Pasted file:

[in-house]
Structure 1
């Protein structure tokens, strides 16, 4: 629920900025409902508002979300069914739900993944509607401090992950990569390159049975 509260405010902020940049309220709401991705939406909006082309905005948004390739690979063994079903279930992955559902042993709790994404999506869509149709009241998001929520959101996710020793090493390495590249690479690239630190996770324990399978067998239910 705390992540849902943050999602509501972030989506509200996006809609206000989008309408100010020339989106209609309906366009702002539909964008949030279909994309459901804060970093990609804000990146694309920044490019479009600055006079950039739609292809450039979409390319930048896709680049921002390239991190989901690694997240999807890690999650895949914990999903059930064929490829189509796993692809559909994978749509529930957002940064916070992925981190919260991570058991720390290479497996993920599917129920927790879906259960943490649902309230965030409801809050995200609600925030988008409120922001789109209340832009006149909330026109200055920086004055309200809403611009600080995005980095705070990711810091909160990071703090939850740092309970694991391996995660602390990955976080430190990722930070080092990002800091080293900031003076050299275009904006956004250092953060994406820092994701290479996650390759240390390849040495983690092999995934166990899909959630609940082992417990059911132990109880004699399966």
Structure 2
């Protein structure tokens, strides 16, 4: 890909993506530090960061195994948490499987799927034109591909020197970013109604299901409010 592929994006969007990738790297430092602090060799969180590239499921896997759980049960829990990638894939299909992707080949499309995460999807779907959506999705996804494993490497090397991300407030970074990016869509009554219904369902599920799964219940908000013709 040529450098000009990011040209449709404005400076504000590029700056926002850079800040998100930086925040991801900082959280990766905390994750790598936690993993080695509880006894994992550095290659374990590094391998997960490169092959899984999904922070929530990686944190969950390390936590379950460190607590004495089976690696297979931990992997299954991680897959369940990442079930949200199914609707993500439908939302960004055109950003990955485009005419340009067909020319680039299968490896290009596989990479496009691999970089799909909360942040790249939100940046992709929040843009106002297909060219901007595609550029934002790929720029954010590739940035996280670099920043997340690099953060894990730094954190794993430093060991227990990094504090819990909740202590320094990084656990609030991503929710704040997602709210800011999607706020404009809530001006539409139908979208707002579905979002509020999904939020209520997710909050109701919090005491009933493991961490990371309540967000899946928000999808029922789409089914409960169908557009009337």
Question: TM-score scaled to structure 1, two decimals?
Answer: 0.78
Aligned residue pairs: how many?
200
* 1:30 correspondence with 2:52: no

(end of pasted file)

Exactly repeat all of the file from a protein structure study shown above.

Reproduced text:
[in-house]
Structure 1
């Protein structure tokens, strides 16, 4: 629920900025409902508002979300069914739900993944509607401090992950990569390159049975 509260405010902020940049309220709401991705939406909006082309905005948004390739690979063994079903279930992955559902042993709790994404999506869509149709009241998001929520959101996710020793090493390495590249690479690239630190996770324990399978067998239910 705390992540849902943050999602509501972030989506509200996006809609206000989008309408100010020339989106209609309906366009702002539909964008949030279909994309459901804060970093990609804000990146694309920044490019479009600055006079950039739609292809450039979409390319930048896709680049921002390239991190989901690694997240999807890690999650895949914990999903059930064929490829189509796993692809559909994978749509529930957002940064916070992925981190919260991570058991720390290479497996993920599917129920927790879906259960943490649902309230965030409801809050995200609600925030988008409120922001789109209340832009006149909330026109200055920086004055309200809403611009600080995005980095705070990711810091909160990071703090939850740092309970694991391996995660602390990955976080430190990722930070080092990002800091080293900031003076050299275009904006956004250092953060994406820092994701290479996650390759240390390849040495983690092999995934166990899909959630609940082992417990059911132990109880004699399966």
Structure 2
């Protein structure tokens, strides 16, 4: 890909993506530090960061195994948490499987799927034109591909020197970013109604299901409010 592929994006969007990738790297430092602090060799969180590239499921896997759980049960829990990638894939299909992707080949499309995460999807779907959506999705996804494993490497090397991300407030970074990016869509009554219904369902599920799964219940908000013709 040529450098000009990011040209449709404005400076504000590029700056926002850079800040998100930086925040991801900082959280990766905390994750790598936690993993080695509880006894994992550095290659374990590094391998997960490169092959899984999904922070929530990686944190969950390390936590379950460190607590004495089976690696297979931990992997299954991680897959369940990442079930949200199914609707993500439908939302960004055109950003990955485009005419340009067909020319680039299968490896290009596989990479496009691999970089799909909360942040790249939100940046992709929040843009106002297909060219901007595609550029934002790929720029954010590739940035996280670099920043997340690099953060894990730094954190794993430093060991227990990094504090819990909740202590320094990084656990609030991503929710704040997602709210800011999607706020404009809530001006539409139908979208707002579905979002509020999904939020209520997710909050109701919090005491009933493991961490990371309540967000899946928000999808029922789409089914409960169908557009009337």
Question: TM-score scaled to structure 1, two decimals?
Answer: 0.78
Aligned residue pairs: how many?
200
* 1:30 correspondence with 2:52: no